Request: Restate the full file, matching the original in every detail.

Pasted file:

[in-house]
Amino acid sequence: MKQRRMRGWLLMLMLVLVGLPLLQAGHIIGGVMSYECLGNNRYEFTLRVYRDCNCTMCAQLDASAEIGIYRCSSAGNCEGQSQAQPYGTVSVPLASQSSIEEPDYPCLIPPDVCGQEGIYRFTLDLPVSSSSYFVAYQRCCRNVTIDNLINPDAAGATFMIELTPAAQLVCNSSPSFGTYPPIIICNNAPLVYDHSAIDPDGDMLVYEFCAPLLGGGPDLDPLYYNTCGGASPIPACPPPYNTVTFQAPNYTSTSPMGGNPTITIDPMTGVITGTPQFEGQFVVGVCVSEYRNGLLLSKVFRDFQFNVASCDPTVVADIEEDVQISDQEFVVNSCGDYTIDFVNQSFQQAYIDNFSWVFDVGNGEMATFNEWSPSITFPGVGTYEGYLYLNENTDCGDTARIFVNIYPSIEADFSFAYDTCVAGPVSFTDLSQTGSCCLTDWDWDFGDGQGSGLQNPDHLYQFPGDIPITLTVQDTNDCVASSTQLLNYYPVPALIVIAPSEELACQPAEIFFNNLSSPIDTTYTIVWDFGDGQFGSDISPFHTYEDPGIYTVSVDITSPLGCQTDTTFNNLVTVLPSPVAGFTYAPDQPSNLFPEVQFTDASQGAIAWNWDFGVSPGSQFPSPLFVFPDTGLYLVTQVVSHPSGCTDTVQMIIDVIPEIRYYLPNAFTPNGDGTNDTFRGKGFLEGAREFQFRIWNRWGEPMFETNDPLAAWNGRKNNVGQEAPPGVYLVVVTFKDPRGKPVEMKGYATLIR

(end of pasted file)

[in-house]
Amino acid sequence: MKQRRMRGWLLMLMLVLVGLPLLQAGHIIGGVMSYECLGNNRYEFTLRVYRDCNCTMCAQLDASAEIGIYRCSSAGNCEGQSQAQPYGTVSVPLASQSSIEEPDYPCLIPPDVCGQEGIYRFTLDLPVSSSSYFVAYQRCCRNVTIDNLINPDAAGATFMIELTPAAQLVCNSSPSFGTYPPIIICNNAPLVYDHSAIDPDGDMLVYEFCAPLLGGGPDLDPLYYNTCGGASPIPACPPPYNTVTFQAPNYTSTSPMGGNPTITIDPMTGVITGTPQFEGQFVVGVCVSEYRNGLLLSKVFRDFQFNVASCDPTVVADIEEDVQISDQEFVVNSCGDYTIDFVNQSFQQAYIDNFSWVFDVGNGEMATFNEWSPSITFPGVGTYEGYLYLNENTDCGDTARIFVNIYPSIEADFSFAYDTCVAGPVSFTDLSQTGSCCLTDWDWDFGDGQGSGLQNPDHLYQFPGDIPITLTVQDTNDCVASSTQLLNYYPVPALIVIAPSEELACQPAEIFFNNLSSPIDTTYTIVWDFGDGQFGSDISPFHTYEDPGIYTVSVDITSPLGCQTDTTFNNLVTVLPSPVAGFTYAPDQPSNLFPEVQFTDASQGAIAWNWDFGVSPGSQFPSPLFVFPDTGLYLVTQVVSHPSGCTDTVQMIIDVIPEIRYYLPNAFTPNGDGTNDTFRGKGFLEGAREFQFRIWNRWGEPMFETNDPLAAWNGRKNNVGQEAPPGVYLVVVTFKDPRGKPVEMKGYATLIR